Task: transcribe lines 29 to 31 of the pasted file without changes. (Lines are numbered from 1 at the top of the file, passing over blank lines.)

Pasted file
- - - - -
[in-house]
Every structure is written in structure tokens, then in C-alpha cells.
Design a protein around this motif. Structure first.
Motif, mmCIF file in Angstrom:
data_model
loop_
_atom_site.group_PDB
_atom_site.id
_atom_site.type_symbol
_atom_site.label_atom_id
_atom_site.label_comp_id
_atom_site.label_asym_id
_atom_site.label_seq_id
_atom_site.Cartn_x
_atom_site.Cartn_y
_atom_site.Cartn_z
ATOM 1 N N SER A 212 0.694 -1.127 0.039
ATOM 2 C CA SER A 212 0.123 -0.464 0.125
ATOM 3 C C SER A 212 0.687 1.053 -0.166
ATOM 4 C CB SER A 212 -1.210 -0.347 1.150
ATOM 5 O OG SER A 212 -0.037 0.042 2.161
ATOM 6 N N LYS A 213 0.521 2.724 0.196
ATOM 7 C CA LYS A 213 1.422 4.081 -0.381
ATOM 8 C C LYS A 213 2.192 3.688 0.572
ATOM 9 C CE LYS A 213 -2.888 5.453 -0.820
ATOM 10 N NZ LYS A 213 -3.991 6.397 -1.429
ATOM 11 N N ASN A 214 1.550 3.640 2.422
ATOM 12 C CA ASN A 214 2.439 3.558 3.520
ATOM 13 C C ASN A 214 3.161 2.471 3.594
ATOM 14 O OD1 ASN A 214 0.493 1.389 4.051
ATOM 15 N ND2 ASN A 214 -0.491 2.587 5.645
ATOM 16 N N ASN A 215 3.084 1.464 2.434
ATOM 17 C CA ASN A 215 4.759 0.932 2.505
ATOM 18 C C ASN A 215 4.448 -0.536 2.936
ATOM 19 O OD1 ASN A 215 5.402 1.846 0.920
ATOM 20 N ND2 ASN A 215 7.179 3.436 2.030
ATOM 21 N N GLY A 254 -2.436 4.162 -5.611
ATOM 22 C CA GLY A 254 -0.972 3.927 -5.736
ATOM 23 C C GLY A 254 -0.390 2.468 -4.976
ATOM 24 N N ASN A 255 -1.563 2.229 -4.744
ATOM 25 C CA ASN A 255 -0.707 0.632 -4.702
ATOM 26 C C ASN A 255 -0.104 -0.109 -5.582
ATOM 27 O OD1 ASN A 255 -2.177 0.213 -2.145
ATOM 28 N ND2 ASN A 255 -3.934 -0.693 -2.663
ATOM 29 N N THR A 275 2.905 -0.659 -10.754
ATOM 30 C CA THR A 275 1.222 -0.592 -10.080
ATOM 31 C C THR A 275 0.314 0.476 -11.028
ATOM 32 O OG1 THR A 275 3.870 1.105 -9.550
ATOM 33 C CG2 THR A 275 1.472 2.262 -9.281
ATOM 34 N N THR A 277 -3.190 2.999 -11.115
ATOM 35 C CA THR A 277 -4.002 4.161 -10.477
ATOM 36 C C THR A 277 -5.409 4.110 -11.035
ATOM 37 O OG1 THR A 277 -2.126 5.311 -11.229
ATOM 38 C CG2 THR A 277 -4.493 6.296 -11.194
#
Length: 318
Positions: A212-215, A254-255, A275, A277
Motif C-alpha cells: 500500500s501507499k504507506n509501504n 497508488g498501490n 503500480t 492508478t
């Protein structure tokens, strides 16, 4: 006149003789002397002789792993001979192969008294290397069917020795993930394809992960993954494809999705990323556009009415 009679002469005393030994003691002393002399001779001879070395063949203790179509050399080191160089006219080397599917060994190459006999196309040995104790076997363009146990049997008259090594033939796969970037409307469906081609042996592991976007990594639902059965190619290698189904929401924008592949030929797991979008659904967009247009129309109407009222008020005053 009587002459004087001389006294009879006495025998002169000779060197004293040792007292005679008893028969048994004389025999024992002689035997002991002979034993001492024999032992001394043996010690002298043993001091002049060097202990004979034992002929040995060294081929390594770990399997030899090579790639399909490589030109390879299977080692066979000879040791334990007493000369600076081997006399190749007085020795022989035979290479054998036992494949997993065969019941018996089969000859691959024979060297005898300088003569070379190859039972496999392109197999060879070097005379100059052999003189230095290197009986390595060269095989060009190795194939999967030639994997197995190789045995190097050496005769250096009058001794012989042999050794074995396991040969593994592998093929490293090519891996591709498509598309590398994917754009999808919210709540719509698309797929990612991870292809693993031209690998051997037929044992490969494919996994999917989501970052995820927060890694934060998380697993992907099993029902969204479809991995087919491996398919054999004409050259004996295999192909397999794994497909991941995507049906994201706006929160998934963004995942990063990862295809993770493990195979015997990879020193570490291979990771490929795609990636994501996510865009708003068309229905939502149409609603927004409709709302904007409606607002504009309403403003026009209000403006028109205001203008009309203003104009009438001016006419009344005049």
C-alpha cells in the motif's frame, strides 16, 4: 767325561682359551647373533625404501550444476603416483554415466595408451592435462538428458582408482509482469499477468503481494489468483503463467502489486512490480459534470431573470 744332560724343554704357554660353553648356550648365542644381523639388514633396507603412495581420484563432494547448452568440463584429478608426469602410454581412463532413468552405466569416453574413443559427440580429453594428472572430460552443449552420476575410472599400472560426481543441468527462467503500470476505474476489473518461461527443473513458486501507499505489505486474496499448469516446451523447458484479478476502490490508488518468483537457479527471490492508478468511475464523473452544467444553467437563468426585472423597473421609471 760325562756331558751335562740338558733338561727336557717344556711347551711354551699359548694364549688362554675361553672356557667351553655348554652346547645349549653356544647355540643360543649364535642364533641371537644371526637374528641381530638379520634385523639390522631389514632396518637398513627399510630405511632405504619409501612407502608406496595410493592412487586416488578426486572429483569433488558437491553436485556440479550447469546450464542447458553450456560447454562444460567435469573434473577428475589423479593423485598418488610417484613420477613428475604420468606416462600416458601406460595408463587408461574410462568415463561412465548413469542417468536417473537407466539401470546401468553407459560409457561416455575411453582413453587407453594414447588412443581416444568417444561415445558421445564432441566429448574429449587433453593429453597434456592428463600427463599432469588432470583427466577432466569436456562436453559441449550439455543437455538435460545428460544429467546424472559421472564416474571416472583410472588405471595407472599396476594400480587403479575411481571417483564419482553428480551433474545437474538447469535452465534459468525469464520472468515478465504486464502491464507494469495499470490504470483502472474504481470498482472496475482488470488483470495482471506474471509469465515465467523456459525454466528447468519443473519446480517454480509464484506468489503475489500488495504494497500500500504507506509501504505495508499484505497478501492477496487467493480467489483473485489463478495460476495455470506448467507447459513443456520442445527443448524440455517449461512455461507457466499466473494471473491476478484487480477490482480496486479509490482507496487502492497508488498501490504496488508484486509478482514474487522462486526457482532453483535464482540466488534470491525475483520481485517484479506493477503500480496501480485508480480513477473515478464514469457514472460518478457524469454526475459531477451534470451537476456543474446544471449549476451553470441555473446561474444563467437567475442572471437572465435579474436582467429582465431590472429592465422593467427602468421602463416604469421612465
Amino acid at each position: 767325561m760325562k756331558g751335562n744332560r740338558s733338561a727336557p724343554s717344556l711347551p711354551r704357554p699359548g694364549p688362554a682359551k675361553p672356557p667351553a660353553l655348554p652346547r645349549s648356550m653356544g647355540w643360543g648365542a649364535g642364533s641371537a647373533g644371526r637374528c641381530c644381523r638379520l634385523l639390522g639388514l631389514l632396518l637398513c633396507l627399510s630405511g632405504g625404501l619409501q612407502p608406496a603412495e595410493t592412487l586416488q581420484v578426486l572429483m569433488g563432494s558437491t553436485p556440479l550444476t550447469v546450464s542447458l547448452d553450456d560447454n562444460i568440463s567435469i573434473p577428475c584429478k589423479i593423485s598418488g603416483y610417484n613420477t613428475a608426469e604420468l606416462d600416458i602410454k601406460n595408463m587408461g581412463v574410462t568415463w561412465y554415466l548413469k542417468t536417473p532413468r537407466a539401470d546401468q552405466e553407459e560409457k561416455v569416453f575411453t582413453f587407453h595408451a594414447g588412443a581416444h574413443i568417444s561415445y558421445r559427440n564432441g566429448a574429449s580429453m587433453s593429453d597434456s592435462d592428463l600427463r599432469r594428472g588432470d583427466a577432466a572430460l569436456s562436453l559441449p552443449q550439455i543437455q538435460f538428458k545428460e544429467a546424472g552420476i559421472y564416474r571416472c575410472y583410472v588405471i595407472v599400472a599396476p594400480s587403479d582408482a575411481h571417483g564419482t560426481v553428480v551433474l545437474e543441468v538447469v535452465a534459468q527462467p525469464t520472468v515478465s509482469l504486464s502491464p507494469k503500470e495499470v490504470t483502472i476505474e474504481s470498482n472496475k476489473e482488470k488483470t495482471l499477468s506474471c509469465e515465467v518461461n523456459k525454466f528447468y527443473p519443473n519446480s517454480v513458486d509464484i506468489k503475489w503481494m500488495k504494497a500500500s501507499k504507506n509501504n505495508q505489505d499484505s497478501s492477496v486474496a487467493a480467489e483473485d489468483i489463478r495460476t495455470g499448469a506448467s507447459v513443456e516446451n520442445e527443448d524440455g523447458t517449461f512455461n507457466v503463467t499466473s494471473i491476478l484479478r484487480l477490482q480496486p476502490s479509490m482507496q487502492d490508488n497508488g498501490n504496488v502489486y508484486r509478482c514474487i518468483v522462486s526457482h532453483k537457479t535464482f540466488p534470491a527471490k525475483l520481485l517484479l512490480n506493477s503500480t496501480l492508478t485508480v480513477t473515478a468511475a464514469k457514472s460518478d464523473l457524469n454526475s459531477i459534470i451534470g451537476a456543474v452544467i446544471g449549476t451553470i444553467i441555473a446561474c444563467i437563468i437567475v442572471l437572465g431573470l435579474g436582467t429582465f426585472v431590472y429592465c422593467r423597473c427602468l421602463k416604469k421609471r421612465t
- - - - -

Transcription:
ATOM 13 C C ASN A 214 3.161 2.471 3.594
ATOM 14 O OD1 ASN A 214 0.493 1.389 4.051
ATOM 15 N ND2 ASN A 214 -0.491 2.587 5.645